Broncos still serious contenders with new QB

Comical misadventures have made Mark Sanchez the butt of jokes for much of his NFL career, but the Denver Broncos are betting on getting serious production out of him this season.

The author of the “Butt Fumble,” one of the most embarrassing plays in league history, Sanchez is following Peyton Manning as the No. 1 quarterback for the defending Super Bowl champions. It’s not as crazy or as funny as it might sound.

“I think Sanchez will play better for the Broncos than Manning did at the end of last season,” Westgate sports book director Jay Kornegay said. “A lot of people are underestimating the Broncos right now because of their quarterback situation. But if you look at the rest of their team, what is their weakness?”

Denver brings back linebacker Von Miller and most key pieces from the league’s No. 1-ranked defense. The offense features a pair of big-play wide receivers — Demaryius Thomas and Emmanuel Sanders — and running back C.J. Anderson.

There are no obvious reasons the Broncos won’t be in the running to win the AFC.

“Manning stunk last year. Any quarterback play that’s decent is going to be better than what they had last year,” said Mike Pritchard, an ESPN Radio host in Las Vegas who played nine seasons as a wideout in the NFL, including the 1994 and 1995 seasons in Denver.

How weak was Manning? His passer rating was 34th in the league, and he finished the regular season with nine touchdowns and 17 interceptions. A quarterback by another name with those numbers would be tossed out with the garbage.

Sanchez has issues, but he should be an upgrade. In his first two seasons with the New York Jets, a team anchored by a dominant defense, Sanchez made it to consecutive AFC title games. Yet his career started to nosedive.

In 2012, he collided with the big backside of offensive lineman Brandon Moore and coughed up a fumble the New England Patriots returned for a touchdown. A Wikipedia page is dedicated to the butt fumble play, which was ranked by ESPN as the most embarrassing moment in Jets history. Clumsy turnovers were a conundrum for him in five years with the Jets and the past two in Philadelphia.

He has an opportunity to shed his reputation as a clown and revive his career in Denver.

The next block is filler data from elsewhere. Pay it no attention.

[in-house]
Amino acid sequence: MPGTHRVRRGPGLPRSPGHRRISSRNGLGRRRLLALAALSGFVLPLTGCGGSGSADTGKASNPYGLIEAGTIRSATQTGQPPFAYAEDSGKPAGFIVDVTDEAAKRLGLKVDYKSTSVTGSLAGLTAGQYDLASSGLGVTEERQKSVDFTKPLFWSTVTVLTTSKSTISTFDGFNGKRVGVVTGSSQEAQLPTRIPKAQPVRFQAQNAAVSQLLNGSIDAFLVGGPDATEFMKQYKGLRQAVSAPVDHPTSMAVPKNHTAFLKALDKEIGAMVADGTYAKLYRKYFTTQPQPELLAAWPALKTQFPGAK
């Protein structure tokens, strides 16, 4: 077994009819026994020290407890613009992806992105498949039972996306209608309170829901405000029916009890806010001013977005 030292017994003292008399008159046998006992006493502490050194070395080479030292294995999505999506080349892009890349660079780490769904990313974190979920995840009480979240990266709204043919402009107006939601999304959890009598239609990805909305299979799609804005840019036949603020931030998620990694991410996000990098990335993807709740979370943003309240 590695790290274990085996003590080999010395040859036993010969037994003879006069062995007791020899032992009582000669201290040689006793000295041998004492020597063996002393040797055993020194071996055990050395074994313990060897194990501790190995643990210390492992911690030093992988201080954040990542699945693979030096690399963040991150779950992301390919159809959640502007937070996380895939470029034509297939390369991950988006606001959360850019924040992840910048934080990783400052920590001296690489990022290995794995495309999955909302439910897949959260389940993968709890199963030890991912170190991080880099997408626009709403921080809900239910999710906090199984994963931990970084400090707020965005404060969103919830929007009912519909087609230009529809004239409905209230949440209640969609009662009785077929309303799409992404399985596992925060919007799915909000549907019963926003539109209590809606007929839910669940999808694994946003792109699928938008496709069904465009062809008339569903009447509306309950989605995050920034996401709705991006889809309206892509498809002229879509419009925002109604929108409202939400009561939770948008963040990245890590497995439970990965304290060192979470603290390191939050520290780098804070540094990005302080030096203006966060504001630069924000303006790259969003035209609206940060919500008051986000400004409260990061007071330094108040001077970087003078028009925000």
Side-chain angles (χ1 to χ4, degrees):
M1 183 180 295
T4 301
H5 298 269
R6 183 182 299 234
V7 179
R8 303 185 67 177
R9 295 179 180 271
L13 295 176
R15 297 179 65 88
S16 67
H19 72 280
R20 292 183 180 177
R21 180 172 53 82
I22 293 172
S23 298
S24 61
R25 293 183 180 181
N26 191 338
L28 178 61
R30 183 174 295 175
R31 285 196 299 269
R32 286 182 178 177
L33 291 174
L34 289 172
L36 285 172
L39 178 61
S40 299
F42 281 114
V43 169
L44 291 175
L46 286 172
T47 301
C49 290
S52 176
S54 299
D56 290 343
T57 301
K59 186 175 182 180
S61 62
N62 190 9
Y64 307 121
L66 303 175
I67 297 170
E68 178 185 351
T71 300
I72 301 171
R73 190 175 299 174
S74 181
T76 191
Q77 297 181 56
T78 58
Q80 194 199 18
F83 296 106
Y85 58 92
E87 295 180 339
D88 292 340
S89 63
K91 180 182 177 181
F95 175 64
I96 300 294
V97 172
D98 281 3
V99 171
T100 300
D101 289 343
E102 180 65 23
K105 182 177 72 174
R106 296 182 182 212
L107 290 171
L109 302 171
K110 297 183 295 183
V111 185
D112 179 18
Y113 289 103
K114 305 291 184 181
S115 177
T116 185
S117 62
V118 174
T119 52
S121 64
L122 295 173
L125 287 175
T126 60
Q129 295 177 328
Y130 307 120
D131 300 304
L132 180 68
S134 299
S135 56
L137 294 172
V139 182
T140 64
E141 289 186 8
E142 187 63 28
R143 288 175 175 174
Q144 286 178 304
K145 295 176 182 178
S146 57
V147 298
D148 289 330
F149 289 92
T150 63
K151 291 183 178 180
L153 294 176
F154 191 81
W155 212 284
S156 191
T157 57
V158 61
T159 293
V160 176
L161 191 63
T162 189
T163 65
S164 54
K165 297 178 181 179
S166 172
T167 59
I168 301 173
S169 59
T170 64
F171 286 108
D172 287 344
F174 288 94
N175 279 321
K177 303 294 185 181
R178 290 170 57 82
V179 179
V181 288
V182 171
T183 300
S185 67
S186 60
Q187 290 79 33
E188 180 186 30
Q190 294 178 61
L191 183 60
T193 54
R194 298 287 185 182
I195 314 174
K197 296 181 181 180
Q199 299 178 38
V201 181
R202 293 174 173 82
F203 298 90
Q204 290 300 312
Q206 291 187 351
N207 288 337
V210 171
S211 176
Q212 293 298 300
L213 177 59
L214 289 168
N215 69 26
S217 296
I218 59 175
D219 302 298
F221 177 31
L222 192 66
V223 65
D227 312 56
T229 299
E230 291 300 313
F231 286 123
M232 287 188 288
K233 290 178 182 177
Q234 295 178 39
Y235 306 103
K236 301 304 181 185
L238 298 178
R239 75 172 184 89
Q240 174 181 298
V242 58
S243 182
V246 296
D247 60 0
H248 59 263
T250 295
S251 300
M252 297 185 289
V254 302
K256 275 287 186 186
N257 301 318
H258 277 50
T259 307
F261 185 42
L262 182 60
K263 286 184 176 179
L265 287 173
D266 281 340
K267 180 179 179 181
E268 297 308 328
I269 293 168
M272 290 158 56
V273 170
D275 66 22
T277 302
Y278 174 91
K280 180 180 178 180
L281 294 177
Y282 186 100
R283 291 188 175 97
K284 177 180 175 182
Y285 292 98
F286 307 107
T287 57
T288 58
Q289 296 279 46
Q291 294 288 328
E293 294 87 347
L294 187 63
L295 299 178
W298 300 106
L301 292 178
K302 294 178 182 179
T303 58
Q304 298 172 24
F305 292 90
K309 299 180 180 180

“Sanchez has got the best wide receivers he’s had to work with, a good running game and a very solid offensive line. I think he’s going to have a lot of help,” Kornegay said. “The Broncos are going to run the ball and rely on their defense.”

Sanchez is not a lock to win the job, although coach Gary Kubiak has named him the starter over Trevor Siemian, a seventh-round pick from Northwestern in 2015. Things could change in the preseason.

Most likely, Sanchez will be the bridge from Peyton to Paxton. Denver general manager John Elway traded up to grab Paxton Lynch, a 6-foot-6-inch quarterback from Memphis, in the first round of April’s draft. Lynch is probably a year away.

Pritchard said he believes Sanchez, an eight-year veteran, will start because he’s “been there before,” and the Broncos want to install a “completely different offense” that is run-based with fewer shotgun formations and more play-action passes.

“My money would be on Sanchez because of his experience,” Kornegay said. “Siemian has been a darkhorse ever since they drafted him. Elway believes in the guy. I wouldn’t rule him out.”

Denver, 12-4 last season, is tagged with lower expectations across the board. The Westgate posted the Broncos’ regular-season win total at 9½ (Over plus-130). Kansas City’s win total is 9½ and shaded higher (Over minus-130).

The Broncos are 2-1 favorites to win the AFC West, ahead of the Chiefs (8-5), Oakland (13-5) and San Diego (7-1).

“I could see the Raiders or Chiefs winning the division,” said Micah Roberts, a handicapper and former sports book director. “The Broncos are probably going to have a Super Bowl hangover. There’s a Super Bowl slump mixed in with a new quarterback, and I wouldn’t expect their offense to be that fluid.”

Other favorites in the AFC have problems, too. New England will need to survive quarterback Tom Brady’s four-game suspension. Pittsburgh’s explosive offense might miss running back Le’Veon Bell, who faces a four-game suspension for a violation of the NFL’s drug policy.

“I think the AFC is wide open,” Pritchard said.

The Broncos open Sept. 8 against Carolina and Cam Newton, who learned the hard way about the dominance of Denver’s defense in the Super Bowl. The Panthers, projected to be a .500 team at this time a year ago, finished 15-1.

“Who’s going to be this year’s Panthers?” Kornegay said. “It’s a difficult league to predict.”

Las Vegas Review-Journal sports betting columnist Matt Youmans can be reached at or 702-387-2907. He co-hosts “The Las Vegas Sportsline” weekdays at 2 p.m. on ESPN Radio (1100 AM). Follow on Twitter: @mattyoumans247

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